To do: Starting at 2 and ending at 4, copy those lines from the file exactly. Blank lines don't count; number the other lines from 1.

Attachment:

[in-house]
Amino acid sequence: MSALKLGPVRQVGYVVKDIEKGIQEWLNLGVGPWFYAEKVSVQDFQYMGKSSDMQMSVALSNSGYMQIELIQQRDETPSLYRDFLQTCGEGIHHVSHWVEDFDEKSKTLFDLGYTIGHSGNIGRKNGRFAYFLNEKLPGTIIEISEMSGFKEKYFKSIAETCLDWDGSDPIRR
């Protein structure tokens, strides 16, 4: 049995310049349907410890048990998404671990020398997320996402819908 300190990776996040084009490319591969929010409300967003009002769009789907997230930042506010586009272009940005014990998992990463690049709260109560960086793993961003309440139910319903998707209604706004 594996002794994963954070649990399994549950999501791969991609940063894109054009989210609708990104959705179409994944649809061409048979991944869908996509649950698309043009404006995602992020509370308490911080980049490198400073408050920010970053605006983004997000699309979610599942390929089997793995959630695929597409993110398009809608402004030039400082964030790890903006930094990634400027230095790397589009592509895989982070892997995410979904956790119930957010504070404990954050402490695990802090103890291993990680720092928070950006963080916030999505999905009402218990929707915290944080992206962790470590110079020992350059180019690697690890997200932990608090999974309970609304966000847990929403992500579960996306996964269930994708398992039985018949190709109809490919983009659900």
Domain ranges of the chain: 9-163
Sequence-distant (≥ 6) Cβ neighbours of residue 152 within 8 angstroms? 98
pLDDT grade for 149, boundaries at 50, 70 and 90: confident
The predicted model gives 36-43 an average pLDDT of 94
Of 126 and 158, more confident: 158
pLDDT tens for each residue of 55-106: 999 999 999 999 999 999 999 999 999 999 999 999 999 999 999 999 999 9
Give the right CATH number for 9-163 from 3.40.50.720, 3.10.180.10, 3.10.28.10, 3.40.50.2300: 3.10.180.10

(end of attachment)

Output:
Amino acid sequence: MSALKLGPVRQVGYVVKDIEKGIQEWLNLGVGPWFYAEKVSVQDFQYMGKSSDMQMSVALSNSGYMQIELIQQRDETPSLYRDFLQTCGEGIHHVSHWVEDFDEKSKTLFDLGYTIGHSGNIGRKNGRFAYFLNEKLPGTIIEISEMSGFKEKYFKSIAETCLDWDGSDPIRR
């Protein structure tokens, strides 16, 4: 049995310049349907410890048990998404671990020398997320996402819908 300190990776996040084009490319591969929010409300967003009002769009789907997230930042506010586009272009940005014990998992990463690049709260109560960086793993961003309440139910319903998707209604706004 594996002794994963954070649990399994549950999501791969991609940063894109054009989210609708990104959705179409994944649809061409048979991944869908996509649950698309043009404006995602992020509370308490911080980049490198400073408050920010970053605006983004997000699309979610599942390929089997793995959630695929597409993110398009809608402004030039400082964030790890903006930094990634400027230095790397589009592509895989982070892997995410979904956790119930957010504070404990954050402490695990802090103890291993990680720092928070950006963080916030999505999905009402218990929707915290944080992206962790470590110079020992350059180019690697690890997200932990608090999974309970609304966000847990929403992500579960996306996964269930994708398992039985018949190709109809490919983009659900």
Domain ranges of the chain: 9-163